With more mutually exclusive Batman properties in the pop culture zeitgeist than ever - from live-action films to animated projects to comic book series - there are seemingly no limits to where the DC vigilante can go in the future. As Matt Reeves’ The Batman set to take over the box office, there's arguably no better time to whip up a cocktail of Joker and Scarecrow toxins and let one's imagination wander. In this case, we're climbing through the ropes of a wrestling ring to spend some quality time thinking about classic WWE and WCW icons that would have been perfectly fitting Batman villains.
Considering just how wide and far-flung the Dark Knight’s rogues gallery is after 80 years, something Matt Reeves is fully aware of, I think everyone will agree there are quite a few pro wrestling superstars who would make superb criminal masterminds within Gotham City, even if they weren’t necessarily villainous during their runs in the WWE and WCW (and beyond). Let’s start off with someone whose darkness could very well rival that of the Caped Crusader.
To be clear, I’m definitely talking about the Deadman character’s earliest years here, when the whole “urn gives him his powers” gimmick was going strong, and Paul Bearer was at his Paul Bearer-est. I always enjoy when Batman faces off against supernatural beings, especially ones whose backstories are also haunted by their parents’ deaths. (Which may have been The Undertaker’s fault in his case, but still.) And while it’s not my main reason for including the Phenom on here, I’d be interested to see what happens if that urn was placed into one of Ra’s al Ghul’s Lazarus Pits.
Al Snow and Head
With his oddball persona and mannequin head gimmick, Al Snow is basically one Gotham City bank heist away from becoming a B-tier Batman villain. Whenever the Ventriloquist and Scarface are out of town on business (clearly a metaphor for “serving time in Arkham”), that’s when Al Snow and Head get called up from the bullpen. Of course, they’d definitely make more sense and be more at home in the 1960s TV series or in Fox’s Gotham than Matthew Reeves’ film universe.
Dustin Rhodes tapped into one of the all-time strangest pro wrestling personas with...[inhales breath through pursed lips]...Goldusssst. His color-forward costuming and sexual sadism, mixed with everything else crawling inside his bag of tricks, would make Goldust a great baddie whose crimes might be a bit too adult for Bruce Wayne’s youngest wards to help tackle. Plus, there’s already some loose connective canon in this case, since the athlete’s half-brother Cody Rhodes (as Stardust) had a short-term feud going with Arrow star Stephen Amell regarding the latter’s CW superhero. The path has been laid out, people!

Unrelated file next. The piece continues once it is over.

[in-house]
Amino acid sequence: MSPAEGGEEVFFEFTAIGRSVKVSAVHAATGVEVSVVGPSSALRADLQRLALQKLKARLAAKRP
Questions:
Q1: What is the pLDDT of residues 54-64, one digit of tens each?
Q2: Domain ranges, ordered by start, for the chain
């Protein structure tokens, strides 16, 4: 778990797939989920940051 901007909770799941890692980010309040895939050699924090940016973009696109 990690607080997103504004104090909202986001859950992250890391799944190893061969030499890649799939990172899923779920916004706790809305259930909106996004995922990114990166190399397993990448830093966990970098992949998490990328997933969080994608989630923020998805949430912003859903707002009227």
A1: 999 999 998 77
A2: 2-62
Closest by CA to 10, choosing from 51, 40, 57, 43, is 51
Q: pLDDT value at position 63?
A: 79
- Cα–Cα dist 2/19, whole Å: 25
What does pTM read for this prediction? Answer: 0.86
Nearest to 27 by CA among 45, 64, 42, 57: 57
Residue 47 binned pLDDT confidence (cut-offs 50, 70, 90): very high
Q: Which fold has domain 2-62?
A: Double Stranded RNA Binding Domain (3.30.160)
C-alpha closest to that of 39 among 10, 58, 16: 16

The Great Muta
A wrestling legend across the entire planet, Keiji Muto is arguably best known (especially here in the U.S.) for his Great Muta character. The wrestler pulled off moves in his early career that no one had seen before — though many have since copied — and he utilized unsettling facepaint, abstract mysticism and his dreaded Green and Red Mists to strike fear and confusion in his opponents (and fans). Plus, his matches were bloody enough to inspire an unofficial scale of measurement to quantify such splatterdom. I feel like anyone jotting those qualities down onto an application to be the Dark Knight’s next nemesis would get hired on the spot.
Bam Bam Bigelow (With Luna Vachon)
To say nothing of their stellar talents and athleticism in the ring, Bam Bam Bigelow and Luna Vachon made it onto this list largely because their looks and attitudes exude pure badassery, and they would look outstanding in comic book form with the right artist. Who needs mystical powers or an imaginative arsenal of weaponry when you have a flame tattoo across your big bald head, and shit-talking skills that are just as fiery? Bam Bam and Luna would beat the shit out of Sal Maroni and take his piece of the underworld kingdom, easy-peasy Robin-squeezy.
Inarguably one of the greatest managers and hypemen within any industry, “The Mouth of the South” Jimmy Hart always boasted a scene-stealing personality, and the verbal skills to justify using something as innocuous as a megaphone as his personal prop. Hart probably wouldn’t be a major crime figure in Gotham City, to be sure, so much as a loud-mouthed nuisance with his fingers in all kinds of activities legal and otherwise, and one that would take pride and glee in getting under Batman’s kevlar-protected skin.
As interesting as it would be to have Cactus Jack or Dude Love mixing it up with the Dynamic Duo, Mankind is the the Mick Foley persona most apropos for Batman’s world. For one, he looks like the kind of lunatic that they would have built Arkham Asylum around, and for another, Mankind comes equipped with his own sidekick: Socko! I think the best part of picturing Mankind in Gotham City is knowing that his brawls with Bruce would be the most epic fights in DC history, and would probably involve the biggest cages anyone has ever conceived.